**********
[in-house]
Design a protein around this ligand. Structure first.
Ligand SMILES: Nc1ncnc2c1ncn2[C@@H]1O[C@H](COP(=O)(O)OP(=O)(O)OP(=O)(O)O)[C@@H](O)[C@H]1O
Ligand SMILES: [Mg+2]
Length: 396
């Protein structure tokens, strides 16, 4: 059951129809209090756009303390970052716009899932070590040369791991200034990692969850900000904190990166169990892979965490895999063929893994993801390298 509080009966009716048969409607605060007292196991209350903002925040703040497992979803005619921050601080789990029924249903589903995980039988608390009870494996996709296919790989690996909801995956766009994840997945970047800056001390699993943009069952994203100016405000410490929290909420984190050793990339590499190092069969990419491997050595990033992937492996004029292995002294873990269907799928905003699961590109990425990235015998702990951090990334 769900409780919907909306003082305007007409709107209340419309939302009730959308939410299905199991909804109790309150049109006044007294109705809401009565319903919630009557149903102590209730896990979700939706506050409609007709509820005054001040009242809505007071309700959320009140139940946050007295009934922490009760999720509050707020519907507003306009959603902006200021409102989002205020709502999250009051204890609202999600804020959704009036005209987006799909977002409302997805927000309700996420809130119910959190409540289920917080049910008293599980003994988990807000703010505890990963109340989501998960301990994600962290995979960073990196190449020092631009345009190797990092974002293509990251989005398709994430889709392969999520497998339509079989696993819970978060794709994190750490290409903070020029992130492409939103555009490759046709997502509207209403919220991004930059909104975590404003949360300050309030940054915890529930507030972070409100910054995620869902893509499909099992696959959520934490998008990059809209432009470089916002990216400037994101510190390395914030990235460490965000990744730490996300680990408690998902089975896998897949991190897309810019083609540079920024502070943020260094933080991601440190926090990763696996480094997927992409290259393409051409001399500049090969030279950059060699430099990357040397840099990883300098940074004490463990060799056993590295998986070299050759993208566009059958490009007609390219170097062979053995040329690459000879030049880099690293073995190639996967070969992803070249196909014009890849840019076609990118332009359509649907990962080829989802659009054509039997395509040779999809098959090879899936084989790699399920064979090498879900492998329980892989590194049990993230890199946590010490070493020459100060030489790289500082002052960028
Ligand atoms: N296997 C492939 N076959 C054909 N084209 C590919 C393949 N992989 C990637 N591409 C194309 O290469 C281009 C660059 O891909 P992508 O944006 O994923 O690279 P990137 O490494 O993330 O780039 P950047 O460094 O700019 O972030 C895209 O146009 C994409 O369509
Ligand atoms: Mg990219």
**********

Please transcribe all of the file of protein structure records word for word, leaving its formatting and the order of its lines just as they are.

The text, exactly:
[in-house]
Design a protein around this ligand. Structure first.
Ligand SMILES: Nc1ncnc2c1ncn2[C@@H]1O[C@H](COP(=O)(O)OP(=O)(O)OP(=O)(O)O)[C@@H](O)[C@H]1O
Ligand SMILES: [Mg+2]
Length: 396
């Protein structure tokens, strides 16, 4: 059951129809209090756009303390970052716009899932070590040369791991200034990692969850900000904190990166169990892979965490895999063929893994993801390298 509080009966009716048969409607605060007292196991209350903002925040703040497992979803005619921050601080789990029924249903589903995980039988608390009870494996996709296919790989690996909801995956766009994840997945970047800056001390699993943009069952994203100016405000410490929290909420984190050793990339590499190092069969990419491997050595990033992937492996004029292995002294873990269907799928905003699961590109990425990235015998702990951090990334 769900409780919907909306003082305007007409709107209340419309939302009730959308939410299905199991909804109790309150049109006044007294109705809401009565319903919630009557149903102590209730896990979700939706506050409609007709509820005054001040009242809505007071309700959320009140139940946050007295009934922490009760999720509050707020519907507003306009959603902006200021409102989002205020709502999250009051204890609202999600804020959704009036005209987006799909977002409302997805927000309700996420809130119910959190409540289920917080049910008293599980003994988990807000703010505890990963109340989501998960301990994600962290995979960073990196190449020092631009345009190797990092974002293509990251989005398709994430889709392969999520497998339509079989696993819970978060794709994190750490290409903070020029992130492409939103555009490759046709997502509207209403919220991004930059909104975590404003949360300050309030940054915890529930507030972070409100910054995620869902893509499909099992696959959520934490998008990059809209432009470089916002990216400037994101510190390395914030990235460490965000990744730490996300680990408690998902089975896998897949991190897309810019083609540079920024502070943020260094933080991601440190926090990763696996480094997927992409290259393409051409001399500049090969030279950059060699430099990357040397840099990883300098940074004490463990060799056993590295998986070299050759993208566009059958490009007609390219170097062979053995040329690459000879030049880099690293073995190639996967070969992803070249196909014009890849840019076609990118332009359509649907990962080829989802659009054509039997395509040779999809098959090879899936084989790699399920064979090498879900492998329980892989590194049990993230890199946590010490070493020459100060030489790289500082002052960028
Ligand atoms: N296997 C492939 N076959 C054909 N084209 C590919 C393949 N992989 C990637 N591409 C194309 O290469 C281009 C660059 O891909 P992508 O944006 O994923 O690279 P990137 O490494 O993330 O780039 P950047 O460094 O700019 O972030 C895209 O146009 C994409 O369509
Ligand atoms: Mg990219």